A settlement statement, or Form HUD-1, is a document that indicates fees and charges that both the buyer and seller incur during the settlement process of a housing transaction. The U.S. Department of Housing and Urban Development administers Form HUD-1 and other documents necessary to close a real estate transaction.
A settlement statement, which must be provided to the borrower by the seller or seller's agent, indicates the type of loan, file number, loan number and mortgage insurance case number. Form HUD-1 also includes the names and addresses of the borrower, seller and lender; the property location; the settlement agent; and the place and date of settlement.
Summary of Borrower's Transaction
The summary of borrower's transaction indicates items such as the gross amount due from the borrower, contract sales price and settlement charges the borrower must pay. This section also includes real estate taxes the borrower owes the city and county of residence.
Summary of Seller's Transaction
The summary of seller's transaction shows the amounts the seller incurs during the closing process. This covers items such as the gross amount due from the seller, contract sales price and city/county taxes the seller owes on the property.
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Gross Amount Due From Borrower
In a housing transaction, the gross amount due from the borrower equals the amount paid by or on behalf of the borrower. It includes the debtor's deposit money, or down payment, and the principal amount of new loans.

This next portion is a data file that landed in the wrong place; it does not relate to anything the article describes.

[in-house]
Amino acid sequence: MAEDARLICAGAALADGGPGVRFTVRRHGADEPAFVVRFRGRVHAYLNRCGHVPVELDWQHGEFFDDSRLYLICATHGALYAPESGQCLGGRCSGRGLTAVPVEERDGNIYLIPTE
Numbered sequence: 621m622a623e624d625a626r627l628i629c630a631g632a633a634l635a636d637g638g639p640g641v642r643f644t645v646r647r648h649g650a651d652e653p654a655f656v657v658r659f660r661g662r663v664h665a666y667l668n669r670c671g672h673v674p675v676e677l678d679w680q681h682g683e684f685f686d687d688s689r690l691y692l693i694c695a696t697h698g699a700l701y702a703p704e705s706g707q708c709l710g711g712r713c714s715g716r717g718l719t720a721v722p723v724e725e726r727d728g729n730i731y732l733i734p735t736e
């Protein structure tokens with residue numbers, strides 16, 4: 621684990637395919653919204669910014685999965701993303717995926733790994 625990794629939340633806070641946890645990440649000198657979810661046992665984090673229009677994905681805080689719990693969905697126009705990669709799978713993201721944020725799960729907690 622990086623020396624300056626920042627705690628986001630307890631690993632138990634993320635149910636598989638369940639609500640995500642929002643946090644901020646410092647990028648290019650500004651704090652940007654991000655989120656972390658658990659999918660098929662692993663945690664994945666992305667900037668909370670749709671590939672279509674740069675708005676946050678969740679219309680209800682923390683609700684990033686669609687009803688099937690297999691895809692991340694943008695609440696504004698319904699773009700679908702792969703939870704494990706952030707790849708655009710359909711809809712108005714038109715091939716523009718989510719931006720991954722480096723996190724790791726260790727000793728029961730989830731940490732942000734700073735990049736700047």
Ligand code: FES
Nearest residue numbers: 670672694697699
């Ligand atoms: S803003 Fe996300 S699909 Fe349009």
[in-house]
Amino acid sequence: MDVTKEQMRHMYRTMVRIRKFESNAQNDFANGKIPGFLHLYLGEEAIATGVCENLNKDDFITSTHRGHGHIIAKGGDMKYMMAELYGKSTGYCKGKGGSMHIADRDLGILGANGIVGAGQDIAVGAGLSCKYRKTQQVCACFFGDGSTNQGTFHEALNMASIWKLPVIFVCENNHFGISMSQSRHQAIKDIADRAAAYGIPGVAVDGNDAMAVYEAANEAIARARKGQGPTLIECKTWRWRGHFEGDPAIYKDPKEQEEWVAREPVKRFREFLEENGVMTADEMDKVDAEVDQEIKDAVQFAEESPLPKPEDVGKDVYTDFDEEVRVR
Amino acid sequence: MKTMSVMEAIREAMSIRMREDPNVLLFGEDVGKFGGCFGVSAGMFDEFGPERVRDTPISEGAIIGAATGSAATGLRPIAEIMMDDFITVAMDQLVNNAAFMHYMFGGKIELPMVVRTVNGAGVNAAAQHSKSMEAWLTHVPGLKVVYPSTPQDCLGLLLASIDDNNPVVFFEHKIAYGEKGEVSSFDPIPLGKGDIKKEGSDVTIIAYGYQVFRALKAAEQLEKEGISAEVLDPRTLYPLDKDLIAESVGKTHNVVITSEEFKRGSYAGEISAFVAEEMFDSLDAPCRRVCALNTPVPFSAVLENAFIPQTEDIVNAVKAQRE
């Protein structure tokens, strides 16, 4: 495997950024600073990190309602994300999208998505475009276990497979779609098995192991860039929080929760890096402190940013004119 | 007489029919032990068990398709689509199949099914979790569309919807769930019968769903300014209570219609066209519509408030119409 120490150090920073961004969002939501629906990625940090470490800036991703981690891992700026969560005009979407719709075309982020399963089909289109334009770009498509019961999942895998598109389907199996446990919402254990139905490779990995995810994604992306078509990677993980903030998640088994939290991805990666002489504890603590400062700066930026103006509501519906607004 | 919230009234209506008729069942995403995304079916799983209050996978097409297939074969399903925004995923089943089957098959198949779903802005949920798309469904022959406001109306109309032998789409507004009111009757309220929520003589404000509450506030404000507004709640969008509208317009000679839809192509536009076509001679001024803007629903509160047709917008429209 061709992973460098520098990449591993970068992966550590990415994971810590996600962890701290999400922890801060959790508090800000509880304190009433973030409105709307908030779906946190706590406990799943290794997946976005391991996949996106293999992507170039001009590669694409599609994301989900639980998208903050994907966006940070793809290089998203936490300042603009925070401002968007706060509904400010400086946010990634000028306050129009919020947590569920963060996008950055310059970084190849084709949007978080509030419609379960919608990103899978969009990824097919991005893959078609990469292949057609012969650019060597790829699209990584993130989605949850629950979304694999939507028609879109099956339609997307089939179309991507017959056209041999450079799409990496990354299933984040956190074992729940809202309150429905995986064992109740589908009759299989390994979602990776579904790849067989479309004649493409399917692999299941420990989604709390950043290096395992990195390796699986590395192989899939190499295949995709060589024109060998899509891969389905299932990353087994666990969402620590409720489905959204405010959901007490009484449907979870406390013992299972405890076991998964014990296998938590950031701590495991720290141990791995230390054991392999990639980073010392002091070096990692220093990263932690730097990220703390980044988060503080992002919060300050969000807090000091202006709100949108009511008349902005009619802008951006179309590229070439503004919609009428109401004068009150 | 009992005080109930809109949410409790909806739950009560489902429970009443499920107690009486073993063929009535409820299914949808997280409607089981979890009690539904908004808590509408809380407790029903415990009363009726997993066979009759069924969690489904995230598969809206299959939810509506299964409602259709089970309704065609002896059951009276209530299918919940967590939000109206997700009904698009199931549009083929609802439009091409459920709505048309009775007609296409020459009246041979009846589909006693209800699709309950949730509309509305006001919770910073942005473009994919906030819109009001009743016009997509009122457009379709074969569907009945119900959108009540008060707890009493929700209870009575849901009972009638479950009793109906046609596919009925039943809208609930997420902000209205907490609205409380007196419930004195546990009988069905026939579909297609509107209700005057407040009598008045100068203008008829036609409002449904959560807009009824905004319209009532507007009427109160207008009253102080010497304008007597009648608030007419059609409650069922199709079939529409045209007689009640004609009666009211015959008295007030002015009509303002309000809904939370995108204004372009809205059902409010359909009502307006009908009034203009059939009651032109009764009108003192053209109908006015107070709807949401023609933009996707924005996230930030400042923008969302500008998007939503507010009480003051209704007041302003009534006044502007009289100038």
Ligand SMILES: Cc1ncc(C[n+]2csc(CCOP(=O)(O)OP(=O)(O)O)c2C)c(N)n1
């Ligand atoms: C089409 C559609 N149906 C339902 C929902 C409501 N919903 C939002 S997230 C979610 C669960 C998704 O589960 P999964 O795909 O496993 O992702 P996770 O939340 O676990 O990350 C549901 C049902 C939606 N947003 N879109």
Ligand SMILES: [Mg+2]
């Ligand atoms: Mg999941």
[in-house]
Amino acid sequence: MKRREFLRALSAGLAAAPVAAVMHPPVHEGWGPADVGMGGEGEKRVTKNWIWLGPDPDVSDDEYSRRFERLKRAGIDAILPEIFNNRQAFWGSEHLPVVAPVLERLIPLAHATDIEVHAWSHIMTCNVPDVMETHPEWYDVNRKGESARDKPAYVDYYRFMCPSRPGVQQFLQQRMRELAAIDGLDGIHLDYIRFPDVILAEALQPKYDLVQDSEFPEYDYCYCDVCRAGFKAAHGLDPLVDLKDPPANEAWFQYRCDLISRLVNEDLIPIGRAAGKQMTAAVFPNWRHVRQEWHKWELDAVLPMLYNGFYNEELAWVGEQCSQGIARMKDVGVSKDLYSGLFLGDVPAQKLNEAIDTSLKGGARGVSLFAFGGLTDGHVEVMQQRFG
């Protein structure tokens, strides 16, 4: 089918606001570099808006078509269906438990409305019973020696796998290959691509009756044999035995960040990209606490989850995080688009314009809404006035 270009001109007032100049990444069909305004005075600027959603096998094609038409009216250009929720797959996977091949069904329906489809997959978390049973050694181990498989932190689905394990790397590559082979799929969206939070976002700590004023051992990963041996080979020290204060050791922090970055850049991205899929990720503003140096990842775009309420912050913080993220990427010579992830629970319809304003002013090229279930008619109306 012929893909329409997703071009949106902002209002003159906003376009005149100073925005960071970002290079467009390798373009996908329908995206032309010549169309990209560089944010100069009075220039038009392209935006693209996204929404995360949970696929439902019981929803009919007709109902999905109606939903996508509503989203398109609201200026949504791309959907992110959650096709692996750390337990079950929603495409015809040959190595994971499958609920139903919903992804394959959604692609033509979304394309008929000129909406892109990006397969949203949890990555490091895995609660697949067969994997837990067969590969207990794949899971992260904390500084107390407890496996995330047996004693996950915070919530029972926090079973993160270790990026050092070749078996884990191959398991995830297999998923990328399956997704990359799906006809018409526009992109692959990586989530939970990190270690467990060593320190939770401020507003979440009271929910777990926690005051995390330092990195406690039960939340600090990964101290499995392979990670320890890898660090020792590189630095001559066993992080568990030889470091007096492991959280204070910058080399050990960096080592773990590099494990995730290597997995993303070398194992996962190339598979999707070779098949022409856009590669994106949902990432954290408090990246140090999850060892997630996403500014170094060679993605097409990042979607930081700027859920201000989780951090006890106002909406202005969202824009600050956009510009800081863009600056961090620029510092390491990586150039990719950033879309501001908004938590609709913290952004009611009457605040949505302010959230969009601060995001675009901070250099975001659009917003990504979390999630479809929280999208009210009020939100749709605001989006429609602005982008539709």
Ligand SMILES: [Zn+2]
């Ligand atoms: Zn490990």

Gross Amount Due To Seller
The gross amount due to the seller represents the seller's take-home amount. It equals the property sale amount minus existing loans on the property minus settlement charges to the seller.
Items Payable In Connection With Loan
Federal authorities require that borrowers pay specific fees in connection with a mortgage or other housing-related loan. These fees include loan origination fees, appraisal fees, loan discounts (also called points), credit report expenses, mortgage insurance application fees and lender's inspection expenses.
Items Required By Lender To Be Paid In Advance
A lender may require that a borrower pay some items in advance, depending on the mortgage covenant. These items include interest for a specific period of time (three months, for example), mortgage insurance premiums and hazard insurance premiums.
Reserves Deposited With Lender
Lenders require that borrowers deposit specific amounts, or reserves, before advancing funds in a housing transaction. Reserves include hazard insurance, mortgage insurance, city property taxes, annual assessments and county property taxes.
Title charges and associated expenses include settlement or closing fees, abstract or title search expenses, title examination charges and title insurance expenses. Other charges related to property titles include documentation preparation fees, notary expenses and attorneys' fees.
Government Recording and Transfer Charges
These charges relate to the process of recording real estate transaction data in state and local government archives. Recording and transfer expenses include city and/or county stamps, state taxes and recording fees for deeds.